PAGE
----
5 Interesting Things I’ve Recently Learned About Aeroplan

Over the past couple weeks, I started an award booking service, Awarding Canada. Very quickly, I got substantial media exposure from CBC’s The National, and CTV News. As a result, I’ve had a surge in requests, mostly Aeroplan, and have learned some interesting tidbits about Aeroplan in speaking with them so much…

1. Ethiopian and Egyptair phantom availability is rampant.

This has been extraordinarily frustrating. When searching for availability, I’ll often use United’s search engine. I’ll then confirm the space on Aeroplan. I’ve been noticing really excellent availability in business with Ethiopian and Egyptair as of late, which shows up on United and Aeroplan. When I go to book it though, it turns out that it’s phantom availability – award space that shows up as available, but when Aeroplan goes to confirm it, it doesn’t actually exist. This often puts my entire plan, that often takes hours of research, to waste. However…

2. Aeroplan has been confirming phantom space on Egyptair with a connection!

Now this is an odd one, and I’m not too sure how it’s going to turn out. I had a client that wanted to go from the Middle East back to Canada for five passengers. When I search for Egyptair availability there is none, not on United, ANA, or on Aeroplan when I just search Cairo-Toronto. However, if I search Middle Eastern City – Toronto, the availability on the Cairo-Toronto segment, that doesn’t show up anywhere else, becomes available! Even more strangely, this space seems to confirm!

3. Don’t trust an Aeroplan’s Maximum Permitted Mileage (MPM) value.

When building an award ticket with Aeroplan, your routing must fit within the MPM value assigned between two cities. That is, the MPM is the maximum allowed number of miles that you can fly between two cities. Any routing that goes above that value won’t be allowed. In the past, Aeroplan used the MPM values published by IATA, and gave a 5% leniency on them. However, this past Autumn, Aeroplan changed their system to create a unique and unpublished MPM value for city pairs. As these values are unpublished, you have to call Aeroplan to get the number. What I’ve noticed lately is that Aeroplan agents will give me wildly different numbers each time I call, and often they’re ridiculous (recently got an MPM value of ~6,000 for YEG-MEL!). Now I don’t ask for the MPM value unless I recognize the agent and know they’re good. I’ll just ask to validate a routing, and if it works, I’ll know it’s within the MPM.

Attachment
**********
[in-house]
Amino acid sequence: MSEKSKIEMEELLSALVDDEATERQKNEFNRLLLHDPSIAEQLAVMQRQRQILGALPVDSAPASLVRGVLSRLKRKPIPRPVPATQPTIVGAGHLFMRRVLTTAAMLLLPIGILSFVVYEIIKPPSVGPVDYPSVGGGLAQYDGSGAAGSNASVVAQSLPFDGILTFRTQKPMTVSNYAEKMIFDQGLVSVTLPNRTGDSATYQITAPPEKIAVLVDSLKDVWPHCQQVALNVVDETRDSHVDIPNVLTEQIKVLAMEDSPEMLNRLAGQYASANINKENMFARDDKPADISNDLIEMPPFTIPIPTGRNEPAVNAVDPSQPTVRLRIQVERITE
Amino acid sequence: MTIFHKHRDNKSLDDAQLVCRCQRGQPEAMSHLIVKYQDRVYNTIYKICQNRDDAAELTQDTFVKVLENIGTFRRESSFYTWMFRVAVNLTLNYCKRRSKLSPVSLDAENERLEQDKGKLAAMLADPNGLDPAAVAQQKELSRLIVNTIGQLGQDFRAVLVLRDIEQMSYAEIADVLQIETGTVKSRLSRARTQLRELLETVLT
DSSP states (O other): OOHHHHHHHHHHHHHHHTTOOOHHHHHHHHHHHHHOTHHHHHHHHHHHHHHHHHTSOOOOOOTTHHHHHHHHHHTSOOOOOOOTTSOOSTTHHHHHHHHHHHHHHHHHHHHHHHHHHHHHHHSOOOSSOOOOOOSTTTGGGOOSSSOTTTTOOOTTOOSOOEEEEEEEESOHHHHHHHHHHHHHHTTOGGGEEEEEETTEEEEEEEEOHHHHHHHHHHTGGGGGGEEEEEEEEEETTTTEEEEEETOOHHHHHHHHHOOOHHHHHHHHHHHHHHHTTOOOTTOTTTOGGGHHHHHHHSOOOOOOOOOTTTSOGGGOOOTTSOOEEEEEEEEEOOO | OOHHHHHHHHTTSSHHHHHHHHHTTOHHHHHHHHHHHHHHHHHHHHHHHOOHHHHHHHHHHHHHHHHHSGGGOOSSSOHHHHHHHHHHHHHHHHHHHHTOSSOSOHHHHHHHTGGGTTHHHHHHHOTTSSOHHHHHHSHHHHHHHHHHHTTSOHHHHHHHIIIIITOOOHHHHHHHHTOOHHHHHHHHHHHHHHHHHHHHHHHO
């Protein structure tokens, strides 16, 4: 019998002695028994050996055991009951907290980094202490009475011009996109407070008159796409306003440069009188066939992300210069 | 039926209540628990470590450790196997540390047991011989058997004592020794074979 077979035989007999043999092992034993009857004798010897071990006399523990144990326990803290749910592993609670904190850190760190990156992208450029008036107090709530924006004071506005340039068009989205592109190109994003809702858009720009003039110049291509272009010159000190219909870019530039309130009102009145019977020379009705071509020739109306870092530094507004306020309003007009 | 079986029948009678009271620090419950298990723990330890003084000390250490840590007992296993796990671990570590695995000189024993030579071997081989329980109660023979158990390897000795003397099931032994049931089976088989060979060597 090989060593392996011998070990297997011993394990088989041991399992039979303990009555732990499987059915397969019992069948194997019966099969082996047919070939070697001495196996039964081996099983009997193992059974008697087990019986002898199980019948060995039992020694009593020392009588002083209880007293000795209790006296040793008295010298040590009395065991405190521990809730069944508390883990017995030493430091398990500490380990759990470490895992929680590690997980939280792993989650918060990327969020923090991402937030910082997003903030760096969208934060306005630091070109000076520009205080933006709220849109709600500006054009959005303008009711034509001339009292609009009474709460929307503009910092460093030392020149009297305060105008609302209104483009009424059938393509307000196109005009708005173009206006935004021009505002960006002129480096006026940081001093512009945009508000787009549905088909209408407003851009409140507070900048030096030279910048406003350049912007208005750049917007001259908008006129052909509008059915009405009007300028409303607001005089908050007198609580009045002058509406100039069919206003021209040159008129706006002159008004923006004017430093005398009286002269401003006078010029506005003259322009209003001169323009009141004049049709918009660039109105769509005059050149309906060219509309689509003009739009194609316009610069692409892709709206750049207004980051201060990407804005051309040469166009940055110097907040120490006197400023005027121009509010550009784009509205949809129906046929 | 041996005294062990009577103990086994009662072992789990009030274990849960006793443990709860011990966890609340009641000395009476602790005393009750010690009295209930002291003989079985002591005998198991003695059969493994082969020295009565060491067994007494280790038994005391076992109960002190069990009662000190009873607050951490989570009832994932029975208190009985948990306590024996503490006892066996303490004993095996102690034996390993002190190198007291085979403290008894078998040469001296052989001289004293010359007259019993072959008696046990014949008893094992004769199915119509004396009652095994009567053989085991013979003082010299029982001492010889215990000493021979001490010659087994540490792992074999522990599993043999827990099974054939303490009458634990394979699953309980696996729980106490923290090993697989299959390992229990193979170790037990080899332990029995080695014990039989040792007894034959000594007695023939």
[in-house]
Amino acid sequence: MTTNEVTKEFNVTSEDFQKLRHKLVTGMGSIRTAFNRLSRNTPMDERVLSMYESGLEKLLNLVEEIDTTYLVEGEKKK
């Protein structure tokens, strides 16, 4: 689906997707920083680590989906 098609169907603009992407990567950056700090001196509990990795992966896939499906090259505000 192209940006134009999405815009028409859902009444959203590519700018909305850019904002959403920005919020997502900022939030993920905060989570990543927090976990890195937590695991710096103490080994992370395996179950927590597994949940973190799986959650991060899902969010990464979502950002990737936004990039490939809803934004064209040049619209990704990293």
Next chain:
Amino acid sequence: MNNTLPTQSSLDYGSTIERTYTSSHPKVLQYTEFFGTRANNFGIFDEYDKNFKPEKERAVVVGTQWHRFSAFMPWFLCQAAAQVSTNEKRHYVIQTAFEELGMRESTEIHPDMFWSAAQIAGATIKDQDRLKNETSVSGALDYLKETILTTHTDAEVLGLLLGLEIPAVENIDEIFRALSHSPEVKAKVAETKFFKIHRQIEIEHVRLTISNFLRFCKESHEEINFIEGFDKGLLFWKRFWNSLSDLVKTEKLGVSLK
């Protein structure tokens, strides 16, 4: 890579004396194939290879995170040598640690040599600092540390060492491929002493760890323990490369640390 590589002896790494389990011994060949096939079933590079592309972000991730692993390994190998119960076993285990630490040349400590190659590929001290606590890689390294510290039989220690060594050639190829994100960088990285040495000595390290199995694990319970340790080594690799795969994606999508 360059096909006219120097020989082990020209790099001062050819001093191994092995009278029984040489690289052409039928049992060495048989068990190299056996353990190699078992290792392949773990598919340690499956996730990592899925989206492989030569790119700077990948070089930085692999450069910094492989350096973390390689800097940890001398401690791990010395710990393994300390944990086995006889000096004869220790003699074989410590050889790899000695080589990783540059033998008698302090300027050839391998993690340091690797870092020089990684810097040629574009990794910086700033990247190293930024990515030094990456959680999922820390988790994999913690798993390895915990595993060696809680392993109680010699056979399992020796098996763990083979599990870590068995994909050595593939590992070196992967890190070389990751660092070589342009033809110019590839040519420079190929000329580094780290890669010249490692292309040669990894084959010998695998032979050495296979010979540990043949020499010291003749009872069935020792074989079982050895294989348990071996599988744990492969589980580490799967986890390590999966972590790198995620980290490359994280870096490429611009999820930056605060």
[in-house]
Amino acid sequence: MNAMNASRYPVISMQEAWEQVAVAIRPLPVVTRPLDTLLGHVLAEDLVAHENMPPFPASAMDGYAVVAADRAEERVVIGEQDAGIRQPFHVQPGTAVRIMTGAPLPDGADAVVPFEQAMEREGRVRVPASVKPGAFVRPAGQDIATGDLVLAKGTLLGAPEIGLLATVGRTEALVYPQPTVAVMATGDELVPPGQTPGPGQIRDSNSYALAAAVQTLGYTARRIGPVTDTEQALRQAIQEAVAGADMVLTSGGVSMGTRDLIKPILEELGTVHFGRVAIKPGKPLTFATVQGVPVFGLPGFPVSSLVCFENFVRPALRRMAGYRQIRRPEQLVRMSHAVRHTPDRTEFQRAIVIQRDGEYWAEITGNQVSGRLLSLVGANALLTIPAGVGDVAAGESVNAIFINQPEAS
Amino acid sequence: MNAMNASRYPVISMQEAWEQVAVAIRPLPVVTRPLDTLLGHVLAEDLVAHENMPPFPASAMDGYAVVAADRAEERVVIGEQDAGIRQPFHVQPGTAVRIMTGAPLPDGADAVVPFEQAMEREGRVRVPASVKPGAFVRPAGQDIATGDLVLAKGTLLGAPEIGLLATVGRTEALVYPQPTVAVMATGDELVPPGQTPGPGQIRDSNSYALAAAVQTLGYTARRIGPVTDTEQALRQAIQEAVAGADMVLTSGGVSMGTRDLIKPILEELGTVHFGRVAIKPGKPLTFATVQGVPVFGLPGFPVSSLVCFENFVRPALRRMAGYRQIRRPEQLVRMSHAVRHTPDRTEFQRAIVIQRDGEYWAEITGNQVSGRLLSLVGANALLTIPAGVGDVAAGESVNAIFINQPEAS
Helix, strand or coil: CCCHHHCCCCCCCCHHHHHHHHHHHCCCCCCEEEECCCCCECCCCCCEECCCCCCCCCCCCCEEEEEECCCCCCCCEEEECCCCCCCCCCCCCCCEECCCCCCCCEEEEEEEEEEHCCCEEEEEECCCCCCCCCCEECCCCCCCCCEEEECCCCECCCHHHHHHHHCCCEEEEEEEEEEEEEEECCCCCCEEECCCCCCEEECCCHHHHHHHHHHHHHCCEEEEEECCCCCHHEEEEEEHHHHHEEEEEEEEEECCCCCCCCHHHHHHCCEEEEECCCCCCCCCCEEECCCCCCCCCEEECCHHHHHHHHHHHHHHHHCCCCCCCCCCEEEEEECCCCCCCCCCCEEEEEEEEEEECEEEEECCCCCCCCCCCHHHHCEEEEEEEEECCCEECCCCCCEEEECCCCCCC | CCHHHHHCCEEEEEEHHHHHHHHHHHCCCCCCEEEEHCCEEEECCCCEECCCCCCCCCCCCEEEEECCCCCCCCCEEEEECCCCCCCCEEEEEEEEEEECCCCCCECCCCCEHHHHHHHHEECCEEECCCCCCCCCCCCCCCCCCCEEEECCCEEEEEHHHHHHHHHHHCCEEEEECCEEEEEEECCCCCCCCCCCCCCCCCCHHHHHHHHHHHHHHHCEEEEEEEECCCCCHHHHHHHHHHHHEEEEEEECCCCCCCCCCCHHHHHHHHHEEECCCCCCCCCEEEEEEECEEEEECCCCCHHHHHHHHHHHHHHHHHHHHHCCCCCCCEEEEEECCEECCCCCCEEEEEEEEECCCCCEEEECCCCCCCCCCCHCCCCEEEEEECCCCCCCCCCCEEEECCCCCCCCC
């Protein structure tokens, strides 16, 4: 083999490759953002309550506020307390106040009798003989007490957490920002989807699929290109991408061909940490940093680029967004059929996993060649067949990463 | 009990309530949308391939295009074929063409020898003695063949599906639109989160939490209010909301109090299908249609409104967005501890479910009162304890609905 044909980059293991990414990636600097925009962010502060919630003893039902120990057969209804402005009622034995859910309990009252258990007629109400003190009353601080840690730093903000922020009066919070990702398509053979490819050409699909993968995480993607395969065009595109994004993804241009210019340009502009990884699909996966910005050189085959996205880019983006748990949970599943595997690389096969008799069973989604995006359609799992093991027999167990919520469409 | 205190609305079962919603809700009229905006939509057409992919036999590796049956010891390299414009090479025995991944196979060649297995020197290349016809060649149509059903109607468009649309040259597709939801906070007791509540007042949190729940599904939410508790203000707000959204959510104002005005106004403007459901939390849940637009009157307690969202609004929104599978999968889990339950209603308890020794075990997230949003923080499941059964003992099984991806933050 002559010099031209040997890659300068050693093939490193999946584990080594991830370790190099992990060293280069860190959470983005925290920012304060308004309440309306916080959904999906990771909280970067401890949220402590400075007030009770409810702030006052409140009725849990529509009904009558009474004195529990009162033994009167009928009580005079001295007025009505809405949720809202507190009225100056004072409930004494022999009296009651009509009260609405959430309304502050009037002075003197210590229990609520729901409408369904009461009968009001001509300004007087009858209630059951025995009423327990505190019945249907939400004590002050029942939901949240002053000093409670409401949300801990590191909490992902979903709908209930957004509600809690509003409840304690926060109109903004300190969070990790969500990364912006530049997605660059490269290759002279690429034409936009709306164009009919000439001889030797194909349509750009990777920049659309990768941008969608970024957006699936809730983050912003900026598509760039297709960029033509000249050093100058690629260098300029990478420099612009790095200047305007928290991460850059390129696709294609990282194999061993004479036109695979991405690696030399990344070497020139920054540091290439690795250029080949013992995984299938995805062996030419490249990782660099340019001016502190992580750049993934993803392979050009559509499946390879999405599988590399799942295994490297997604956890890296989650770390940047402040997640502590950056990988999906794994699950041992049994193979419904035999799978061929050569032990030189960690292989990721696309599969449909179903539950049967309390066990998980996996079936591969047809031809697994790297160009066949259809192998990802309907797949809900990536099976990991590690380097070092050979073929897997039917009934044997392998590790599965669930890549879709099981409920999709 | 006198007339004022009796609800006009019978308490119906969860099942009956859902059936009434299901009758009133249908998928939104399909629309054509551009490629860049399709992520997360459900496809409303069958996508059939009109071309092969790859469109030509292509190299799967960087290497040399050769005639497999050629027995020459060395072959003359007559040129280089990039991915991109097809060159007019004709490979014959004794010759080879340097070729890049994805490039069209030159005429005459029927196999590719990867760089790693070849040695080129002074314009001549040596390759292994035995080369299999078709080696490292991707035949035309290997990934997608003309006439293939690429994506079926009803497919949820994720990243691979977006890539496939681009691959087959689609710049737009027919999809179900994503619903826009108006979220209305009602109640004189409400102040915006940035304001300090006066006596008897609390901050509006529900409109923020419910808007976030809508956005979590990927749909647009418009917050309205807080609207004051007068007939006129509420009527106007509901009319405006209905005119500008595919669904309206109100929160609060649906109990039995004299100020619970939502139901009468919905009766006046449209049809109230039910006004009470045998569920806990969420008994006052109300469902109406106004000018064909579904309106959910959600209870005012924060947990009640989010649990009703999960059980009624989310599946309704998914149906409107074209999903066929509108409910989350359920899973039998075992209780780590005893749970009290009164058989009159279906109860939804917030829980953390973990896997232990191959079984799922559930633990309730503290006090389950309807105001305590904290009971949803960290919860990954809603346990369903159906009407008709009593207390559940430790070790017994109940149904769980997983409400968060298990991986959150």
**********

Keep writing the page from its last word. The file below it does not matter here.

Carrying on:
4. Aeroplan’s ticketing system is horrible.

Whenever you make a booking with Aeroplan, tickets are usually issued instantly. However, more complicated itineraries often go into a queue, and are issued within 72 hours. I’ve been noticing that tickets that have more than 2 different carriers or with more than 4 connections have to be manually issued by the ticketing department. Of course, this isn’t a rule, but it’s just something I’ve noticed. I would think that there would be no difference to a computer how many connections or airlines there are, but apparently it does.

5.There are some really random, but extremely useful flights out there 

You’d be amazed how many weird flights there are, but that have an incredible amount of award inventory, and don’t carry fuel surcharges. For example, Houston to Stavanger on SAS has plenty of business inventory, and Dublin to Los Angeles on Ethiopian is the same. Being an expert at award bookings is learning which flights are most likely to have award inventory, and building a routing from there.



  1. This is great information! Please keep up the good work and writing about it. I can’t wait to use your service. It’ll probably be two people from YOW to Kochi India next March.

  2. Thanks for sharing
    It’s funny Aeroplan is almost as inconsistent in some ways as old US Airways 🙂

    and secret routes are fun for sure
    Why would SAS fly IAH-Stavanger, ha

    but given the choices, not sure I want to fly on Ethi or Egypt air @@

    1. @Charlie, IAH-SVG is on a PrivatAir 44-seat all-biz 737 wet leased by SAS. Not lie flat seats granted, just angled lie-flat, however certainly more comfortable than Y on a 9+-hour flight. And no YQ. A bit better than “very ouch” perhaps?

      @DCTA, keep up the interesting topics!

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